kind of house we have full or small. In 'Invitation to a March," a 
play I did in 1960, I'd get a hand just for the cross going from one 
side of the stage to the other in tight purple slacks. Audiences vary. 
Timing comes from them, not from you. Any time you press or reach 
for an audience, you lose it. 

Every role I've ever played has been somewhat outside me and my 
life with my husband and little boys. If feeling is real, it's no longer 
acting. I was strongly affected in myself by only one part the mother 
of a child who is murdered, in the Broadway production of "The Bad 
Seed." I was happy to leave that play; it made me feel sick. There are 
only a few moments here and there in my acting when I am close to 
my own personality. But there is a reality I try to establish in my 
relationships with the other actors in a play. In "Invitation to a 
March," I was confused during the rehearsals and didn't hear half 
of what was being said on the stage. I had a talk with the young man 
who played my son, and we tried to find some way of making our 
relationship more real, in order to strengthen the performance. Every 
actor tries to do this. The best Broadway work I've done was as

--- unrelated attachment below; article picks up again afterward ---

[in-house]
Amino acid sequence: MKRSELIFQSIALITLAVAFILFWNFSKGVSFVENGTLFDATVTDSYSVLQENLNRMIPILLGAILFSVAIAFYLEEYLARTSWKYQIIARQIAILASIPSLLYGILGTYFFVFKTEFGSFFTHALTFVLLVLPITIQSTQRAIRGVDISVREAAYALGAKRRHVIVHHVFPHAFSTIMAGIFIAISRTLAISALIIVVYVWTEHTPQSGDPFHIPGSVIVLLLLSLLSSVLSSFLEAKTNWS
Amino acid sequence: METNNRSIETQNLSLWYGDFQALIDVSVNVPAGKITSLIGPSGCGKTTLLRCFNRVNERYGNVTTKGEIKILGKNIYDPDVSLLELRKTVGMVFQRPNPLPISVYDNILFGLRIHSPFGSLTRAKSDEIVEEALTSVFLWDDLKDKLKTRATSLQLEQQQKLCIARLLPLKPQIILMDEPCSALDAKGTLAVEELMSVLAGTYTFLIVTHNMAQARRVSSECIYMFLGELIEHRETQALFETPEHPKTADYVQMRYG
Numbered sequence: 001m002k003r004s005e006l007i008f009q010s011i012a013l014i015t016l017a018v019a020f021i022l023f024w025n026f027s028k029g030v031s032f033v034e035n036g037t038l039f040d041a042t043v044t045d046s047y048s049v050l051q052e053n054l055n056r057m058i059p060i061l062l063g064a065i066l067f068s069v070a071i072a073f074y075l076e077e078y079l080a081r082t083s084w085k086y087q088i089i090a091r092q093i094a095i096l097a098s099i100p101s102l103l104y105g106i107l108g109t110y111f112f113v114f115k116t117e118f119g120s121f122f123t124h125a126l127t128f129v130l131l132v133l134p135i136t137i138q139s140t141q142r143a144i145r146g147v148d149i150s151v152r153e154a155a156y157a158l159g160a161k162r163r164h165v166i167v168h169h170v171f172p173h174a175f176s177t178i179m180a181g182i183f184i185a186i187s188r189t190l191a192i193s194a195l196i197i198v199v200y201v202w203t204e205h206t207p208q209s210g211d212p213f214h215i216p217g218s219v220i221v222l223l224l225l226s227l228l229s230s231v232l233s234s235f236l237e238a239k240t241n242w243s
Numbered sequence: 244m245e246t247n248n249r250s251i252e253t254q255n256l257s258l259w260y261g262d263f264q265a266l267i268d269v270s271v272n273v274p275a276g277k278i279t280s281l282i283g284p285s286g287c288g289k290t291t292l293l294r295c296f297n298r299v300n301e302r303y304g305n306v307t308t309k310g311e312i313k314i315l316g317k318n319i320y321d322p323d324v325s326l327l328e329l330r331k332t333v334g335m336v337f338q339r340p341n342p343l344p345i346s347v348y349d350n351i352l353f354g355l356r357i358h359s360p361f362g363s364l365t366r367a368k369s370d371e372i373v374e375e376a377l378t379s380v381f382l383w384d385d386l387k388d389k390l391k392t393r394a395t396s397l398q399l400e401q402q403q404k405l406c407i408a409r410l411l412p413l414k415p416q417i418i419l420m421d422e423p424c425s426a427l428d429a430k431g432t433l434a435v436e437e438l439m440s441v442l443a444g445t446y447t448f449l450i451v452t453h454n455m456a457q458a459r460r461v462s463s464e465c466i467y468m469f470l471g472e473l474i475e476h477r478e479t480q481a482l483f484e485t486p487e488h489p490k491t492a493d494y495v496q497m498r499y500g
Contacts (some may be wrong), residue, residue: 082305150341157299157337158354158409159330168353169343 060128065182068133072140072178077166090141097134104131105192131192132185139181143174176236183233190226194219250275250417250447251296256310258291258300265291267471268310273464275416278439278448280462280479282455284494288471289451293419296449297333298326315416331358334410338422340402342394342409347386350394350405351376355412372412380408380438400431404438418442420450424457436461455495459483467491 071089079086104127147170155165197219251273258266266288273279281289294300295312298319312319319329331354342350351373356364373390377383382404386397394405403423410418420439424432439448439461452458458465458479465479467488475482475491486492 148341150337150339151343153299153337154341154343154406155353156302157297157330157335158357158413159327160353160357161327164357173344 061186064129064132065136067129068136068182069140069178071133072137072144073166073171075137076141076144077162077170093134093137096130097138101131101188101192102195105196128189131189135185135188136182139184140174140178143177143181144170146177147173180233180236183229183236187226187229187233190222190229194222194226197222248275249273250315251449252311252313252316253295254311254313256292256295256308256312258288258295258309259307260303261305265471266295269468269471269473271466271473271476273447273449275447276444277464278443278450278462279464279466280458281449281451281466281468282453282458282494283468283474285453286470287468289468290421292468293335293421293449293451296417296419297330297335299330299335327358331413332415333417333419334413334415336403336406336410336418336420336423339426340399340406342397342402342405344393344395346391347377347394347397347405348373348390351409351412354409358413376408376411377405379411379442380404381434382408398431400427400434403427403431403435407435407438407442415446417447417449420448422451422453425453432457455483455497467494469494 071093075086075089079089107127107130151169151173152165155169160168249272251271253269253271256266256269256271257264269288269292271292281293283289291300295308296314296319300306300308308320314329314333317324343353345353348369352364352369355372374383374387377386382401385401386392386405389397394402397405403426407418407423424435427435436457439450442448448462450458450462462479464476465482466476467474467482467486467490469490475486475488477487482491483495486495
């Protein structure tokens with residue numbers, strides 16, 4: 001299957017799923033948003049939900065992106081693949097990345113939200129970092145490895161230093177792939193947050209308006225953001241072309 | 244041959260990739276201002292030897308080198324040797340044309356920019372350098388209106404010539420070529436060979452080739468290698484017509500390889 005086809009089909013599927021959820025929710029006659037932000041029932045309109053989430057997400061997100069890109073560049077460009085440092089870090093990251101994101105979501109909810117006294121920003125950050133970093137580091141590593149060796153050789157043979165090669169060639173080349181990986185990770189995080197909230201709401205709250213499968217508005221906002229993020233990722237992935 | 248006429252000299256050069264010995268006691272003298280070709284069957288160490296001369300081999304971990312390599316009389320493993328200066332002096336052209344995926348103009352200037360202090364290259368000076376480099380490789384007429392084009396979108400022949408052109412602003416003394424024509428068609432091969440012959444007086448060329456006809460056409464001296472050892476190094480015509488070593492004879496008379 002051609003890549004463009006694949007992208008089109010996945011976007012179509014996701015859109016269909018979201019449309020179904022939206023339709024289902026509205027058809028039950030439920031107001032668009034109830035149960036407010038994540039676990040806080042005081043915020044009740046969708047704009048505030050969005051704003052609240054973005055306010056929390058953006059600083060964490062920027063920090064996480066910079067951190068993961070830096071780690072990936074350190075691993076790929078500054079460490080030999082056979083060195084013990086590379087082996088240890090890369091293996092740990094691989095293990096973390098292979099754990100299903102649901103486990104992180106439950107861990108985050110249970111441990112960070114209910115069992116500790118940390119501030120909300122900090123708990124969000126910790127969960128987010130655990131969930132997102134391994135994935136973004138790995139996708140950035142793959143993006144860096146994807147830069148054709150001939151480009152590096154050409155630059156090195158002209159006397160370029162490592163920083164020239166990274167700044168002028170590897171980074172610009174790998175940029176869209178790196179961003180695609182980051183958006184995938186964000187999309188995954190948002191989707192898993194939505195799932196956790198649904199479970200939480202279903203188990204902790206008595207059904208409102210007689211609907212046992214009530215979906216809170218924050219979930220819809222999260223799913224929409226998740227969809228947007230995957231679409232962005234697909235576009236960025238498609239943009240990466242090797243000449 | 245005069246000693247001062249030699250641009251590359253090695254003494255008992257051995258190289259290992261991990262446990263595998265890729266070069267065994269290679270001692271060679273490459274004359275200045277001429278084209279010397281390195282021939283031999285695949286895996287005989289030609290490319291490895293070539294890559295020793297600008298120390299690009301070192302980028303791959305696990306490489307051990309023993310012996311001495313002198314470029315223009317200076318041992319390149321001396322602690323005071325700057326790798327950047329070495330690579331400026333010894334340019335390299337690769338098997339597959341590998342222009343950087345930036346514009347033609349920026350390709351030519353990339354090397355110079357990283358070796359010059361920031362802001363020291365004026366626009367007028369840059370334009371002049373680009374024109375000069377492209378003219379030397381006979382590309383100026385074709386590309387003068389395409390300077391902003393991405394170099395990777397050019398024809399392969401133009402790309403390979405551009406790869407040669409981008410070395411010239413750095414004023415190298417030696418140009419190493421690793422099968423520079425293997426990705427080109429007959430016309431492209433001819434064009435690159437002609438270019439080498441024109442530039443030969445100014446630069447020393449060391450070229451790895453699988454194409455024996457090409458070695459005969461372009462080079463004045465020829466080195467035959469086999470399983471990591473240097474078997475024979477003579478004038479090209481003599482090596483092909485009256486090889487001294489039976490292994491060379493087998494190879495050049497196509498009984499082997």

Lottie Lacey in "The Dark at the Top of the Stairs." But the part 
was beautifully written, and allowed for a full characterization. That 
helped. And Elia Kazan, the director, had four ideas for me for every 
one I had. I usually cross out the author's stage directions. Authors 
should write the words and leave the rest to us. However, three 
years ago, I went out to California to do "Mother Courage" for John 
Houseman's Theatre Group, at U.C.L.A., because I wanted to do 
Brecht. The material is so big and specific. The part of Mother 
Courage should be played by a European. I'm too American. But I 
had a rapport with that woman and with her strength. I had a lot to 
give to that role, and I've never worked harder. Brecht says to cut 
off all emotion in a performance, and to Method actors that's 
news. We're always trying to turn on emotion and to deal with it on- 
stage. When Brecht confronts Mother Courage with her dead son, he 
tells you to drain yourself of all feeling and expression. I worked on 
that scene through three bad performances, but for the last four per- 
formances the scene, the whole play worked. To play Mother Courage 
emotionlessly and to feel those audiences responding in a way I'd 
never before experienced was unforgettable. Those four performances 
were the most gratifying of my life. 



When I get a new script, I begin by spending days reading and re- 
reading it and thinking about it. I have no idea, at first, how to play 
the part. Some actors begin with nothing and gradually build a role. 
I would rather make a decision after a fifth reading and have it be bad 
than remain uncertain. I make notations in the script of how I am 
going to act as the director makes his suggestions to me during re- 
hearsals. I write it all down. Then I have a mental picture of what 
I'm going to do. But I can't set it until we start the out-of-town try-